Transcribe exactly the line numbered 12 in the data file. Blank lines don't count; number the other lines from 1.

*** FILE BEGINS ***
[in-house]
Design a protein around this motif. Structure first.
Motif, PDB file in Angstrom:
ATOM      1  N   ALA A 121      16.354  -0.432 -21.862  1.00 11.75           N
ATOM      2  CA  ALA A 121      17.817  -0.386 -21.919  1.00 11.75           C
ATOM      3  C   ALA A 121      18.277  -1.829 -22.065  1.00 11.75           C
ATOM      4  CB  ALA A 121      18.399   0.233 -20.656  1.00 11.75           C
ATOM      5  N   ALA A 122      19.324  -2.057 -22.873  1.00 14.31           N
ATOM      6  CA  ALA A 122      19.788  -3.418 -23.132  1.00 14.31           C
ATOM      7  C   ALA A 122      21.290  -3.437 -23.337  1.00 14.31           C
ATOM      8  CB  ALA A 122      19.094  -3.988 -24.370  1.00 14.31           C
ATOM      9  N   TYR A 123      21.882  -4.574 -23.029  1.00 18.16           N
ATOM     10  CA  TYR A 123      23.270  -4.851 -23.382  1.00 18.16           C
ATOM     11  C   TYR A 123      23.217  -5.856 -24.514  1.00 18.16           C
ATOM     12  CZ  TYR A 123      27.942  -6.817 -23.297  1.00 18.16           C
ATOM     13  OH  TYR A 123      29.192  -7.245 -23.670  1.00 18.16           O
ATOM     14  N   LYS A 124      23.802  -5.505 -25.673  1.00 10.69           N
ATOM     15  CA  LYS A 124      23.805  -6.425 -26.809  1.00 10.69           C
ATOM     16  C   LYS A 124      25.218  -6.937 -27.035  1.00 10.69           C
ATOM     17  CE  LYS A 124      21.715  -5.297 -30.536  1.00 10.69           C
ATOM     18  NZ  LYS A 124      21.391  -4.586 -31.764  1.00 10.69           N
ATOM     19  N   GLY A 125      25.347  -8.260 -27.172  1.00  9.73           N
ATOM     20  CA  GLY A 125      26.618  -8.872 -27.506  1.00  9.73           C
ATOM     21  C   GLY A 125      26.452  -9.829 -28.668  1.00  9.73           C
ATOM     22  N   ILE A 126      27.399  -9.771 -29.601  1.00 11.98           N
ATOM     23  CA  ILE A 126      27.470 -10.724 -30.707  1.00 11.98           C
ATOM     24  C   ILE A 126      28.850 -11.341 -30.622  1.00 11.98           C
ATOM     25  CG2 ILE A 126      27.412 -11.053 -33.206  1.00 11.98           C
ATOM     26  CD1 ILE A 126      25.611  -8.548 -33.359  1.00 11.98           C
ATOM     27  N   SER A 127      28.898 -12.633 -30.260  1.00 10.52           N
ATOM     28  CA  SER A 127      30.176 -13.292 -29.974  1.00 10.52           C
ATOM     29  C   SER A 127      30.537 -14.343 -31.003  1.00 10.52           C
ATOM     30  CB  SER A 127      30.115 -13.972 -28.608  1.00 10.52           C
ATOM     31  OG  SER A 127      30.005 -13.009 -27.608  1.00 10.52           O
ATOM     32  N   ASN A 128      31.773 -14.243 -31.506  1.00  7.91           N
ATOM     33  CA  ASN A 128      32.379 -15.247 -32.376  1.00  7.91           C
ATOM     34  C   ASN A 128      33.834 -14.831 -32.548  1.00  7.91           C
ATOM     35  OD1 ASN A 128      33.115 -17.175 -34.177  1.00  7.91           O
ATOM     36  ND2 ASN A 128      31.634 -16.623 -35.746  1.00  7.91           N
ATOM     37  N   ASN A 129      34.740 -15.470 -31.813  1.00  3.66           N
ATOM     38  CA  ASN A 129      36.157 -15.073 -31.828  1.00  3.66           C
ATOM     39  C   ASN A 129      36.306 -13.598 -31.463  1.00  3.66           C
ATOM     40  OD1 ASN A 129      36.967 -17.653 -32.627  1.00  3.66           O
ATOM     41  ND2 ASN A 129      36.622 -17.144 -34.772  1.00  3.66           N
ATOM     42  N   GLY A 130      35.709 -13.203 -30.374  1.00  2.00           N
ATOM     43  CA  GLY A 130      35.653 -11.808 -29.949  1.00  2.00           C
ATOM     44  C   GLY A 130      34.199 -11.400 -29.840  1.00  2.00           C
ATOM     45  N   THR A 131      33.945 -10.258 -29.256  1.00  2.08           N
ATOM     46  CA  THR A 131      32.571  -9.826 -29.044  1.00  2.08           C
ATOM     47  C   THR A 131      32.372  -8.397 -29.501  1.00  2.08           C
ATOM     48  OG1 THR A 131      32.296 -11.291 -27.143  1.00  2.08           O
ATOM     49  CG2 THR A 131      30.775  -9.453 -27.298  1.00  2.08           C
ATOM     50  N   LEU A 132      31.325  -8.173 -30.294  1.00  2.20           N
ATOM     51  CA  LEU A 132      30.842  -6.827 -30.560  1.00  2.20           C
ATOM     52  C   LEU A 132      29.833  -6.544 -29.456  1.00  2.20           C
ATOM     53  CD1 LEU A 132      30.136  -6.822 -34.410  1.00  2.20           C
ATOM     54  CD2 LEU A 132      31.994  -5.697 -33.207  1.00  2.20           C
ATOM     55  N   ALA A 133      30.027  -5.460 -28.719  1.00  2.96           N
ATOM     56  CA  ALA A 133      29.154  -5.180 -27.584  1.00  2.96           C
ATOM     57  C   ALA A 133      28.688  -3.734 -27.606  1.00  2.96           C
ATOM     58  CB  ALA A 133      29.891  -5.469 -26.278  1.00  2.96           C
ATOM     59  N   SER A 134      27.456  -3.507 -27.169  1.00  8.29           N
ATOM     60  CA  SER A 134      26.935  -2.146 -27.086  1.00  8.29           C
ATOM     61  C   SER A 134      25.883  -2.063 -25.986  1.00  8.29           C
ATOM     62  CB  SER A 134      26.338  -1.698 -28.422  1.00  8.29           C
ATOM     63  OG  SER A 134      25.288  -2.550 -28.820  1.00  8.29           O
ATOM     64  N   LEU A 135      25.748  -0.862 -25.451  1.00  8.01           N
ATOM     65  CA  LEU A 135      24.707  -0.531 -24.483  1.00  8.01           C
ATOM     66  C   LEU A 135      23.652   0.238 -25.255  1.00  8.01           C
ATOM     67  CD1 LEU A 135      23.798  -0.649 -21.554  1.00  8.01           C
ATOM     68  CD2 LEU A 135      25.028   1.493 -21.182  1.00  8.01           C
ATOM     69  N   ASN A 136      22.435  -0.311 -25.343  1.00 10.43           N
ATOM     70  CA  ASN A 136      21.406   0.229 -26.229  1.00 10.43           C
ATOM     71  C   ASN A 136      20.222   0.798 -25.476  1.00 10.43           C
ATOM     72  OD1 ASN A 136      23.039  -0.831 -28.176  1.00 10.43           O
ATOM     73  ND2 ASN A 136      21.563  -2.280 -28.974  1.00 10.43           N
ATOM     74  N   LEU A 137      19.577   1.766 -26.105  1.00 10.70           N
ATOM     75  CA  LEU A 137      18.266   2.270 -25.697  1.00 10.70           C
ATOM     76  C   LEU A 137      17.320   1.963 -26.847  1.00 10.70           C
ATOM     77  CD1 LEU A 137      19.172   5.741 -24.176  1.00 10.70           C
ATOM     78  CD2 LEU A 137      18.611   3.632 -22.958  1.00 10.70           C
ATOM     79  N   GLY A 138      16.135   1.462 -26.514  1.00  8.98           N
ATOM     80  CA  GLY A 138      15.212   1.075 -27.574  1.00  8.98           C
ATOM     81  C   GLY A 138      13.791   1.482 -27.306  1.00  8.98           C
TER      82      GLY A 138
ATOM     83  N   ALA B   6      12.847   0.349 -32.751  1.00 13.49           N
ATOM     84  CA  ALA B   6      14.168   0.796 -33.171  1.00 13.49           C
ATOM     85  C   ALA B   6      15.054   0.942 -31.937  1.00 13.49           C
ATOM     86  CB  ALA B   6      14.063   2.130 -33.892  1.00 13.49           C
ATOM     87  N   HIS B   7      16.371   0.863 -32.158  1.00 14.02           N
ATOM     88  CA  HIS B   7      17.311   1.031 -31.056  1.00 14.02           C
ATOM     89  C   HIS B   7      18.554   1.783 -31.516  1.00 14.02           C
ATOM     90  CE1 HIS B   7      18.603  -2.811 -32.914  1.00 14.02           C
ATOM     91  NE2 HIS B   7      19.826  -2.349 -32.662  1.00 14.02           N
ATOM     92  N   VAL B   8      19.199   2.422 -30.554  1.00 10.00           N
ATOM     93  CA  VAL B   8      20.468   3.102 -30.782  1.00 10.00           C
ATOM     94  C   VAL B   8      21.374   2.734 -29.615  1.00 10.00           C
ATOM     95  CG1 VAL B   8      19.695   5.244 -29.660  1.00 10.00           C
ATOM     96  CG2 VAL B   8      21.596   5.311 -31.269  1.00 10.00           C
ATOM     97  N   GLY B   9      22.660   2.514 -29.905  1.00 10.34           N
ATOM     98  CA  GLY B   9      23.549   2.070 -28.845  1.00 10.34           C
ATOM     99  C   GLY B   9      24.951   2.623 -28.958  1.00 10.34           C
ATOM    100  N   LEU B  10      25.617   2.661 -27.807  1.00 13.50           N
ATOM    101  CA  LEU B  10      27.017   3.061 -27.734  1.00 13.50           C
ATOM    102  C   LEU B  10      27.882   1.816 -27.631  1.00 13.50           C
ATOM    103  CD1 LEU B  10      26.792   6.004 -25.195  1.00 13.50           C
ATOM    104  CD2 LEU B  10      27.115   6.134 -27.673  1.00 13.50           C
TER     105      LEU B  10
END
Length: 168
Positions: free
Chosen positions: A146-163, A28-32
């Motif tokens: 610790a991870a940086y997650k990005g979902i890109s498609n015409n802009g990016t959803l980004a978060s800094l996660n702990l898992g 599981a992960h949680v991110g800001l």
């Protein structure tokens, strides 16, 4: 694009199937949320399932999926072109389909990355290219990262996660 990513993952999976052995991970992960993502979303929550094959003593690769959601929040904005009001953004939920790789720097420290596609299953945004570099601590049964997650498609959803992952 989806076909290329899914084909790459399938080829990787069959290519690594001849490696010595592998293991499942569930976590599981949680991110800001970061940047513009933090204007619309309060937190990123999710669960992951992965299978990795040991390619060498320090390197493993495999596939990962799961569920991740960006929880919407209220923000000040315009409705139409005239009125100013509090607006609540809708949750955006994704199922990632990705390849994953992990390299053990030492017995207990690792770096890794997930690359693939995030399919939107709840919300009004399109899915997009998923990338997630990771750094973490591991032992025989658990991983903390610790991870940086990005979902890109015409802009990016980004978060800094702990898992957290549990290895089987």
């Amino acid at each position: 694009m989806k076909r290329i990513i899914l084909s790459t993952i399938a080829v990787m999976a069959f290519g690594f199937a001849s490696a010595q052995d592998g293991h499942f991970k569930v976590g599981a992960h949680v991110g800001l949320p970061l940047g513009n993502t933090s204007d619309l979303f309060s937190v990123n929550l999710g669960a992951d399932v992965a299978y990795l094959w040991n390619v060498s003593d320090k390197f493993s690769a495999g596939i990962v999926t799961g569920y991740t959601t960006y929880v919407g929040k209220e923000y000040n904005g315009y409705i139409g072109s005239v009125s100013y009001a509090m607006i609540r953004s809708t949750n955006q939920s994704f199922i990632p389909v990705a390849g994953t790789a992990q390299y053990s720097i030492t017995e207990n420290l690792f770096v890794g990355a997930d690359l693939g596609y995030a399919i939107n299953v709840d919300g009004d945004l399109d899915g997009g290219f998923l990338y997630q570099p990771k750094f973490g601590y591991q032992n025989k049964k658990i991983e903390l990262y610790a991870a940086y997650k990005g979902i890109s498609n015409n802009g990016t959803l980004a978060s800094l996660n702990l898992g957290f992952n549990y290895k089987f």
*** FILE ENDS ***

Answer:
ATOM      9  N   TYR A 123      21.882  -4.574 -23.029  1.00 18.16           N